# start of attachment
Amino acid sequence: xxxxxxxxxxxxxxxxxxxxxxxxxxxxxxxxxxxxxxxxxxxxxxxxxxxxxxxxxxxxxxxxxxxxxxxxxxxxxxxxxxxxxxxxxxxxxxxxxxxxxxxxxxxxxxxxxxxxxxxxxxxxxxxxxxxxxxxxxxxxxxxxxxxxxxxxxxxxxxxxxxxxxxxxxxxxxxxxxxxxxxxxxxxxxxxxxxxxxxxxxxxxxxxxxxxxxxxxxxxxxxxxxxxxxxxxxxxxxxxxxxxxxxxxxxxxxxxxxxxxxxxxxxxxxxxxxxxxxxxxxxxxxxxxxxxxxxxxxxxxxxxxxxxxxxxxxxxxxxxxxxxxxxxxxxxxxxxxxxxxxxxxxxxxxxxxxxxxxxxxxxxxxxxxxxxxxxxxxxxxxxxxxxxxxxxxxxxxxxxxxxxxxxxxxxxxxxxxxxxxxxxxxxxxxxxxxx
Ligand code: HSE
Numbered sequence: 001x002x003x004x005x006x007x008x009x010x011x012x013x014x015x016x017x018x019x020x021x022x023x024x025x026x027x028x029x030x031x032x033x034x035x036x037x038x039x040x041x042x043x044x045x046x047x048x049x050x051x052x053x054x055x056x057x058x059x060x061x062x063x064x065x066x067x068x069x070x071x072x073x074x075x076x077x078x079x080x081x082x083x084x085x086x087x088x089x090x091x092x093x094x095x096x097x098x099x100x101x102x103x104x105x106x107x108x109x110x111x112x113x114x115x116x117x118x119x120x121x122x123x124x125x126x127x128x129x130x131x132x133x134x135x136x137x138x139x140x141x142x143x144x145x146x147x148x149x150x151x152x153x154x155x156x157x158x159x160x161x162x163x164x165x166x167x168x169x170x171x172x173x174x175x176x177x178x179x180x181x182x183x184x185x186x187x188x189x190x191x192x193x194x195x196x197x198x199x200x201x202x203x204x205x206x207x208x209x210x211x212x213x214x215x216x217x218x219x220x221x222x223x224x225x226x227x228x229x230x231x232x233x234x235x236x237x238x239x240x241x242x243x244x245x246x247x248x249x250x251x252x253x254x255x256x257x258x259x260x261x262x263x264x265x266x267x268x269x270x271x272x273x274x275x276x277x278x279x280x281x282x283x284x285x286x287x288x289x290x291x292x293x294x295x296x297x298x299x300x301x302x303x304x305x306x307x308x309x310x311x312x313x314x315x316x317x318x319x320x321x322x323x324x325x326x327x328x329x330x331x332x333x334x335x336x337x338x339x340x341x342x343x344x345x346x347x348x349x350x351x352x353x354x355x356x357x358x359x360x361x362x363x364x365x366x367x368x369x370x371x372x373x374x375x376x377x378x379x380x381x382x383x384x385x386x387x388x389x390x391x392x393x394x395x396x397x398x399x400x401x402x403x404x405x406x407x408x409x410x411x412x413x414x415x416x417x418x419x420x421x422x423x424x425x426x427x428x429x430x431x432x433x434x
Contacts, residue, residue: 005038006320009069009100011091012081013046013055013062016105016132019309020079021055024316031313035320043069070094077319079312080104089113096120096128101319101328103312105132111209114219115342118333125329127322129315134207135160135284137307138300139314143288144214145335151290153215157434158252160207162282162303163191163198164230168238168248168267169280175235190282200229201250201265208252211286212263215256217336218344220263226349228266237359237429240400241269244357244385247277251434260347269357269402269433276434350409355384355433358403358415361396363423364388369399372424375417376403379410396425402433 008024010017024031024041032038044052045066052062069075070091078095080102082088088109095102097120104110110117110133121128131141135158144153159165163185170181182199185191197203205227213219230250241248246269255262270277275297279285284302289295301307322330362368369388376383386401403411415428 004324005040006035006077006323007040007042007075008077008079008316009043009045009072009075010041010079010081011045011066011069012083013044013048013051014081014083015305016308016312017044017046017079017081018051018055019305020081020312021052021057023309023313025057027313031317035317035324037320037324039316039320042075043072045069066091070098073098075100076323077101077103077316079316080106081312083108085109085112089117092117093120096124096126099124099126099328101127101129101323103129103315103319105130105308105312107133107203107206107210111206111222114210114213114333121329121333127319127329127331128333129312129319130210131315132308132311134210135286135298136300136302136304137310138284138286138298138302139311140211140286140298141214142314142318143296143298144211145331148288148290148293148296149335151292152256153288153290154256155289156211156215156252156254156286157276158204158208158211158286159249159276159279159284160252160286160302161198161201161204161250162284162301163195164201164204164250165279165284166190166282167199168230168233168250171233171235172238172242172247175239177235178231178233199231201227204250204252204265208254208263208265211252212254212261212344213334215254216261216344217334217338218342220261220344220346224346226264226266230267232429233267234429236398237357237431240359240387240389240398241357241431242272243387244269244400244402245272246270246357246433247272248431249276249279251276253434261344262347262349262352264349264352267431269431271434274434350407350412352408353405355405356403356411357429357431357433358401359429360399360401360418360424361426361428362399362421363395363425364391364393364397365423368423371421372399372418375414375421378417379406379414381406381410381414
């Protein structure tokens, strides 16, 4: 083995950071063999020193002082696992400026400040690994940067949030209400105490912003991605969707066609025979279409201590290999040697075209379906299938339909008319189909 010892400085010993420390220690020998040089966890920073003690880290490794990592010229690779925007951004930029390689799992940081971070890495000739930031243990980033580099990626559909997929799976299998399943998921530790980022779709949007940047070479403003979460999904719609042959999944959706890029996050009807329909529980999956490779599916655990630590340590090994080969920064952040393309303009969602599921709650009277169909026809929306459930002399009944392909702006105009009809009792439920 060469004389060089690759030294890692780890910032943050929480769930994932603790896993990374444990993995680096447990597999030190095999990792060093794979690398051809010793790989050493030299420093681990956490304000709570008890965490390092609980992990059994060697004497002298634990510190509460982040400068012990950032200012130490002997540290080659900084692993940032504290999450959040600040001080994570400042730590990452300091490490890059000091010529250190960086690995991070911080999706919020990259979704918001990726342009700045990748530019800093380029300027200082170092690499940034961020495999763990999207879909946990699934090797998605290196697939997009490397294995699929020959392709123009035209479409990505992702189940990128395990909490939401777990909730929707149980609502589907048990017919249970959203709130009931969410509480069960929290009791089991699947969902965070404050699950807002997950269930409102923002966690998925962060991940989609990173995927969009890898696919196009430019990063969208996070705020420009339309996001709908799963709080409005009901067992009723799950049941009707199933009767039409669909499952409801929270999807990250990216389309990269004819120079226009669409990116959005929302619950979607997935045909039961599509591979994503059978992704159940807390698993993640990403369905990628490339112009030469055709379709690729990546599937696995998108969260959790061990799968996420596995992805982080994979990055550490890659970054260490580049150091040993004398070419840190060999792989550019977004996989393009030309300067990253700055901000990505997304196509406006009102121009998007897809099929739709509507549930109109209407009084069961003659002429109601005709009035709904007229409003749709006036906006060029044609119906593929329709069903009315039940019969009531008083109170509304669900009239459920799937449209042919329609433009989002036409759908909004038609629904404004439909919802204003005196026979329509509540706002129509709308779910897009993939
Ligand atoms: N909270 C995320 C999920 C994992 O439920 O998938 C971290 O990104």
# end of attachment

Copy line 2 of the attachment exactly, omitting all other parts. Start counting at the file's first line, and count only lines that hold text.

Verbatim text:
Ligand code: HSE